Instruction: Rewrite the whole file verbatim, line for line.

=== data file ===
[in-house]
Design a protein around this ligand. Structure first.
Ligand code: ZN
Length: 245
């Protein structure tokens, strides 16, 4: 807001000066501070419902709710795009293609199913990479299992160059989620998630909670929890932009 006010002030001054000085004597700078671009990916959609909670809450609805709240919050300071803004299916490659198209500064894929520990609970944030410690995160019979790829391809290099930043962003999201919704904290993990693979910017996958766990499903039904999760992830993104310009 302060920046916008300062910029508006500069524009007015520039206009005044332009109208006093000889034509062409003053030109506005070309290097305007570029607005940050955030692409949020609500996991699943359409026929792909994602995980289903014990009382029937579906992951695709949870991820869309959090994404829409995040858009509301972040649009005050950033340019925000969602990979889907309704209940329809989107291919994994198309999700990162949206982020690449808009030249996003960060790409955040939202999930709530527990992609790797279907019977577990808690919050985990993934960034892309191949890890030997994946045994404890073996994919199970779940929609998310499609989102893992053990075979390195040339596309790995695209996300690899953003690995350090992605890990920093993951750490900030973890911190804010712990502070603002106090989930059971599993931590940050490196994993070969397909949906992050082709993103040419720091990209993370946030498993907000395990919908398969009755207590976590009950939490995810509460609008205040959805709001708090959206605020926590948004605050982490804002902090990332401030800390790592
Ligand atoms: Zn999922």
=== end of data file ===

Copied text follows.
[in-house]
Design a protein around this ligand. Structure first.
Ligand code: ZN
Length: 245
């Protein structure tokens, strides 16, 4: 807001000066501070419902709710795009293609199913990479299992160059989620998630909670929890932009 006010002030001054000085004597700078671009990916959609909670809450609805709240919050300071803004299916490659198209500064894929520990609970944030410690995160019979790829391809290099930043962003999201919704904290993990693979910017996958766990499903039904999760992830993104310009 302060920046916008300062910029508006500069524009007015520039206009005044332009109208006093000889034509062409003053030109506005070309290097305007570029607005940050955030692409949020609500996991699943359409026929792909994602995980289903014990009382029937579906992951695709949870991820869309959090994404829409995040858009509301972040649009005050950033340019925000969602990979889907309704209940329809989107291919994994198309999700990162949206982020690449808009030249996003960060790409955040939202999930709530527990992609790797279907019977577990808690919050985990993934960034892309191949890890030997994946045994404890073996994919199970779940929609998310499609989102893992053990075979390195040339596309790995695209996300690899953003690995350090992605890990920093993951750490900030973890911190804010712990502070603002106090989930059971599993931590940050490196994993070969397909949906992050082709993103040419720091990209993370946030498993907000395990919908398969009755207590976590009950939490995810509460609008205040959805709001708090959206605020926590948004605050982490804002902090990332401030800390790592
Ligand atoms: Zn999922």